The Surrey RCMP says hitchhiking is not illegal per-se, but being on the roadway to solicit a ride is. Hitchhiking is also illegal on numbered highways.

Police warn that while the practice is common in parts of the province where transit is not readily available, getting into a vehicle with a stranger comes with significant risks.

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“Many good-hearted Samaritans often pickup hitchhikers due to their circumstances (bad weather, unsafe locations, lack of other options),” said RCMP Cpl. Chris Manseau.

“However the RCMP does not condone or suggest that the public resort to hitchhiking as a method of transportation.”

The RCMP adds that the fine for hitchiking where prohibited is $109.

What’s not impacted?

Job action will not affect SkyTrain, Canada Line, West Coast Express or HandyDART service, or contracted shuttle services in Langley and on Bowen Island.

It also won’t have any effect on the West Vancouver Blue Bus system, which is operated by a different company.

The Metro Vancouver Transit Police say they will also increase staff to deal with any crowding at SkyTrain stations.

However, contract talks have since broken down between SkyTrain workers and TransLink, which employs them directly, leading to the possibility of future job action that could impact SkyTrain service.

Where are negotiations now?

The actions represent the first rounds of pressure against employer Coast Mountain Bus Company (CMBC), which the union says is refusing to meet its demands for a new contract, including increased wages and better working conditions.

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The two sides reached an impasse last month, prompting the union to follow through with its 72-hour strike notice that was issued on Oct. 28.

Talks have since broken down again, and the union says it will escalate job action with a three-day, system-wide shutdown unless its demands are met.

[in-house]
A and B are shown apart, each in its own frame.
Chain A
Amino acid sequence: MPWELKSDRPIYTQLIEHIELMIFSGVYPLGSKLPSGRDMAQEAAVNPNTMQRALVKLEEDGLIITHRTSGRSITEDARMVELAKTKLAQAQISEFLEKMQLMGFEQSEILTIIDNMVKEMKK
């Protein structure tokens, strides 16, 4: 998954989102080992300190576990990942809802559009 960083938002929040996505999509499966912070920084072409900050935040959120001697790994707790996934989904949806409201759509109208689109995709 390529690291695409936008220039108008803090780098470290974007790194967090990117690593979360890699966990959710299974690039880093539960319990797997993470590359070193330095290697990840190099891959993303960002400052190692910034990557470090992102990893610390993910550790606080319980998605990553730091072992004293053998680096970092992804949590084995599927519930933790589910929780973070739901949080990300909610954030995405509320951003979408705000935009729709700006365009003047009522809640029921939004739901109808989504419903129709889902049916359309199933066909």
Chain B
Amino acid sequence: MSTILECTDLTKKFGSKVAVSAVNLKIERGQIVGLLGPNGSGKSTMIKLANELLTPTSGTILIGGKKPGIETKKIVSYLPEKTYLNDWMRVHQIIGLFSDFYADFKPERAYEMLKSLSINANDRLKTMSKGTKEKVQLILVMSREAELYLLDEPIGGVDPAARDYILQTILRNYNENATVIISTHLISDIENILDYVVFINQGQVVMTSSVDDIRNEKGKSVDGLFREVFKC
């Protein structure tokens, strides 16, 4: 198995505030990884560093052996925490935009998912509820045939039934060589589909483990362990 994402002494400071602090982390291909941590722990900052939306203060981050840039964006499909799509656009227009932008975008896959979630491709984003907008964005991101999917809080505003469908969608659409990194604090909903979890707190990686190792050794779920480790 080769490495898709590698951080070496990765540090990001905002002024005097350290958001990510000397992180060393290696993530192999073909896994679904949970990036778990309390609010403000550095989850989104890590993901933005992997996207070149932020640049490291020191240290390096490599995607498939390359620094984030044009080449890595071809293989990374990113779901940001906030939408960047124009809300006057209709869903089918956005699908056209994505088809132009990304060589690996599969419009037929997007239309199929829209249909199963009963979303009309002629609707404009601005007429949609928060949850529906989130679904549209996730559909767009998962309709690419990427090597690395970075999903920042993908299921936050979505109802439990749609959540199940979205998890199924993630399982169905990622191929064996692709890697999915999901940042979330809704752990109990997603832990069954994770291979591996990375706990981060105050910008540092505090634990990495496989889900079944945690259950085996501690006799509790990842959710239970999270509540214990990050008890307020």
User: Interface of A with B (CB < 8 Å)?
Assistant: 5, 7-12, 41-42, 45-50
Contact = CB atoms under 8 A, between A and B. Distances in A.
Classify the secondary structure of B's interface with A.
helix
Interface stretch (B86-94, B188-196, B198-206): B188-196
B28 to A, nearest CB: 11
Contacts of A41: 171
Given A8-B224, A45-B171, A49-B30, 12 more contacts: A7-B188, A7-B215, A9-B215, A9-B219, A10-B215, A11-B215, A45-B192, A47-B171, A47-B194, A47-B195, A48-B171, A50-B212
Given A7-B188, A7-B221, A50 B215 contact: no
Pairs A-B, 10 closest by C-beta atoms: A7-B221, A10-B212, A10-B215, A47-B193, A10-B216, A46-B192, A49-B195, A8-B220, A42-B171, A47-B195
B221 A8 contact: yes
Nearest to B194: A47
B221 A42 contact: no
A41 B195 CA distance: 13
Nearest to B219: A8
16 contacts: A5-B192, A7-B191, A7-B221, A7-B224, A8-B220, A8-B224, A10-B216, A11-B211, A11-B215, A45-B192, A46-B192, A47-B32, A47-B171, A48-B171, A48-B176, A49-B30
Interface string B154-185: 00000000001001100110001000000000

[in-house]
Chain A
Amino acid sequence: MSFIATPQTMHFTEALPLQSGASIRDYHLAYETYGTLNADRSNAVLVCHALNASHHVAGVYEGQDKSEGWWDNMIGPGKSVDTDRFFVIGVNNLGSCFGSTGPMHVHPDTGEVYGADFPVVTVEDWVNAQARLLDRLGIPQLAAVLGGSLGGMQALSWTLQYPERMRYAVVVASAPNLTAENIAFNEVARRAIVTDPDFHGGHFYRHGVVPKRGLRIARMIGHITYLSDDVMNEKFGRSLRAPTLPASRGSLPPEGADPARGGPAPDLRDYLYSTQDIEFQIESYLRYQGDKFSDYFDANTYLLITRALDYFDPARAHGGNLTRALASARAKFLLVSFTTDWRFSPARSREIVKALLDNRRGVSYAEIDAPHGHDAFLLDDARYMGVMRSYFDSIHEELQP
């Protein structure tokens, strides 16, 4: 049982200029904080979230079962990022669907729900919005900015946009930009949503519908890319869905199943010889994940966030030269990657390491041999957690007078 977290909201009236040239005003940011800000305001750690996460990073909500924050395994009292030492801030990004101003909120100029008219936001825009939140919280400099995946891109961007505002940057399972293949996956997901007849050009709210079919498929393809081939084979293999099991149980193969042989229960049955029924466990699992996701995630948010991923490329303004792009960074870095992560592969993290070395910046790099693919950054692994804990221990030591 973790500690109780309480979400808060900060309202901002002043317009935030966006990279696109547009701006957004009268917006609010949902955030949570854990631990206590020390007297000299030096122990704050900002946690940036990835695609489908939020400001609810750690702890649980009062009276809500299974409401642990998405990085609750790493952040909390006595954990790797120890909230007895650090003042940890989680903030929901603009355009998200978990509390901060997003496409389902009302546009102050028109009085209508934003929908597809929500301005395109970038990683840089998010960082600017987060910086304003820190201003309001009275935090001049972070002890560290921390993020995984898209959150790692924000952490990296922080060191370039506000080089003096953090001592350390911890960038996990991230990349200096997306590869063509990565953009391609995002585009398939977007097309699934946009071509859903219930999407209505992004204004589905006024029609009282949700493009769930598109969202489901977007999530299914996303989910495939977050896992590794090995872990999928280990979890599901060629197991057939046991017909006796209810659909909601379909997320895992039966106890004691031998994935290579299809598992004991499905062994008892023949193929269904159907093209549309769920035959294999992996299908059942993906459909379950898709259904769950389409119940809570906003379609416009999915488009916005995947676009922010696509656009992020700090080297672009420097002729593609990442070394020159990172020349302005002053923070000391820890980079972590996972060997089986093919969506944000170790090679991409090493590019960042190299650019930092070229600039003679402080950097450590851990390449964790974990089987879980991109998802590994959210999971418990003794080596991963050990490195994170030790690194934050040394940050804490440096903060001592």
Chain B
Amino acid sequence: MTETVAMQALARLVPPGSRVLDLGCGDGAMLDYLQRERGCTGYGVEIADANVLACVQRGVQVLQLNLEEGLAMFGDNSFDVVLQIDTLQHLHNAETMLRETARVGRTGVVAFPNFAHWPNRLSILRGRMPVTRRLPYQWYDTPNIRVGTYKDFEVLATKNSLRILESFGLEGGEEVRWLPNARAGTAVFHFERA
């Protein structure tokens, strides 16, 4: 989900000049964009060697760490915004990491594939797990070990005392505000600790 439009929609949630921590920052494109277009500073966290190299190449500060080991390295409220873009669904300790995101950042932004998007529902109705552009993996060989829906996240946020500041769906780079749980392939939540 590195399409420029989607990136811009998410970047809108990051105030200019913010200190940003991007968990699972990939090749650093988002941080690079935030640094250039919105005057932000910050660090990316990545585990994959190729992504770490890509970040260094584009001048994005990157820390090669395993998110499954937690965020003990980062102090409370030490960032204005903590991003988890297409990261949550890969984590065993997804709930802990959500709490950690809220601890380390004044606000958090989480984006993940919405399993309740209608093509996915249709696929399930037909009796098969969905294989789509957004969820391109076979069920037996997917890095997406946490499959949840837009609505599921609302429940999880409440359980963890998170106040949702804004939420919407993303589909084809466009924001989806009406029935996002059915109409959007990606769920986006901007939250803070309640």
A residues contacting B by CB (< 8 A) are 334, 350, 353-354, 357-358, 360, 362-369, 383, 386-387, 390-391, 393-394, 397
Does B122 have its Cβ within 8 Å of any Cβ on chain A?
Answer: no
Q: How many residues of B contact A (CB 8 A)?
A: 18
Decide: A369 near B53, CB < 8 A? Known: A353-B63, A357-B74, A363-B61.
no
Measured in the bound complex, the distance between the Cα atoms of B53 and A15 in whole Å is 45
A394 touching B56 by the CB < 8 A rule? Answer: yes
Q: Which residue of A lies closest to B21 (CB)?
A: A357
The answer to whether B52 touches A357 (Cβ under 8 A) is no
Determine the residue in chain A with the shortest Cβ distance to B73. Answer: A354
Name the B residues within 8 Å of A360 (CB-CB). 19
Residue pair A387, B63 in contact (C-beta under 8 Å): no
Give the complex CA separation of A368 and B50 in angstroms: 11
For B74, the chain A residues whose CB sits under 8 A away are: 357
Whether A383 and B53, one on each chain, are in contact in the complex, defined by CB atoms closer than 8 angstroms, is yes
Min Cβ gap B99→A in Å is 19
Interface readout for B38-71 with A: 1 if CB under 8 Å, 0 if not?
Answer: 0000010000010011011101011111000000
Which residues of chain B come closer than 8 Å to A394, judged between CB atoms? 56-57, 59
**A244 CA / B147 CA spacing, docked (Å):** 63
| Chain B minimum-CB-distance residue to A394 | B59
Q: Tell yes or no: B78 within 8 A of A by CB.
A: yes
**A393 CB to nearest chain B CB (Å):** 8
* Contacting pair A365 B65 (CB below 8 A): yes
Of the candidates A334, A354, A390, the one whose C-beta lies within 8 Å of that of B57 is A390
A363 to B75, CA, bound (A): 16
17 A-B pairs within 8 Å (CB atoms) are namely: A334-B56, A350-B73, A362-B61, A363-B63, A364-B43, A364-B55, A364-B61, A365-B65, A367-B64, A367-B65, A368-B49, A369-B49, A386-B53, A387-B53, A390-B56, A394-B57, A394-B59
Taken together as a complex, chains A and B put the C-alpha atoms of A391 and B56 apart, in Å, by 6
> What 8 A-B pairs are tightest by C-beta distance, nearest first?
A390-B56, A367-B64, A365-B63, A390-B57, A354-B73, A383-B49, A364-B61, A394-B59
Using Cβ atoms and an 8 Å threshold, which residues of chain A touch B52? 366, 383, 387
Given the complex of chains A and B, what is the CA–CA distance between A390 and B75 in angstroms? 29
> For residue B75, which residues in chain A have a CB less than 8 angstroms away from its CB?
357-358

Talks broke down between the two sides on Nov. 14, and TransLink said no new talks are scheduled as of Saturday, Nov. 23.

Workers have been without a contract since the end of March, and the union says its members are increasingly stretched amid surging ridership on the Metro Vancouver transit system.

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The union alleges CMBC’s most recent offer does not adequately address concerns over those working conditions, including guaranteeing minimum break times.

Accusing CMBC of taking a “bait-and-switch” approach, Unifor western director Gavin McGarrigle said the company had pledged to negotiate on both working conditions and wages, but were only willing to bargain on the former.

“When we had some discussions with the employer this morning they made it very clear that, as we suspected, and unfortunately for the passengers we serve, they are still not serious about addressing the outstanding issues,” McGarrigle said.

“They are still rejecting any comparison with [the] Toronto transit system when it comes to drivers’ wages, even though for CMBC executives and TransLink executives, they’re more than happy to look at the Toronto transit system for comparison.”

McGarrigle said the union is also looking to see skilled trades workers paid the same as their counterparts in the SkyTrain system.

Click to play video: 'Universities told to prepare for further transit disruptions amid job action'
Universities told to prepare for further transit disruptions amid job action

CMBC says the wage gap between what employers are offering and the union wants is about $150 million over 10 years.

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“Despite significant progress, we’re disappointed that talks have once again broken off. Wages are now the key sticking point,” McDaniel said, adding that the company had offered drivers a guaranteed 40 minutes of recovery time in every shift.

He added that the company had offered a wage increase of $6,000 for drivers and of $10,000 for skilled trades workers over four years at the top end of their salary grids.

“This is fair and reasonable. However, the union is not prepared to move in any meaningful way from their wage demands, and unfortunately union job action will now significantly impact commuters,” said McDaniel.

“We’re asking the union to be more realistic about their wage demands given that our current offer far exceeds the rest of the public sector in British Columbia.”

McDaniel has said fully meeting the union’s wage demands would jeopardize planned and future transit expansion projects like increased bus service, the Broadway subway and the Surrey-Langley SkyTrain extension.

McGarrigle said he’s confident the public is on the side of the workers and understand any transit expansion needs to keep worker conditions in mind.

B.C. Premier John Horgan has said the province would not intervene in the dispute, but he vowed he wouldn’t let the job action drag on for four months like the last full transit strike in 2001.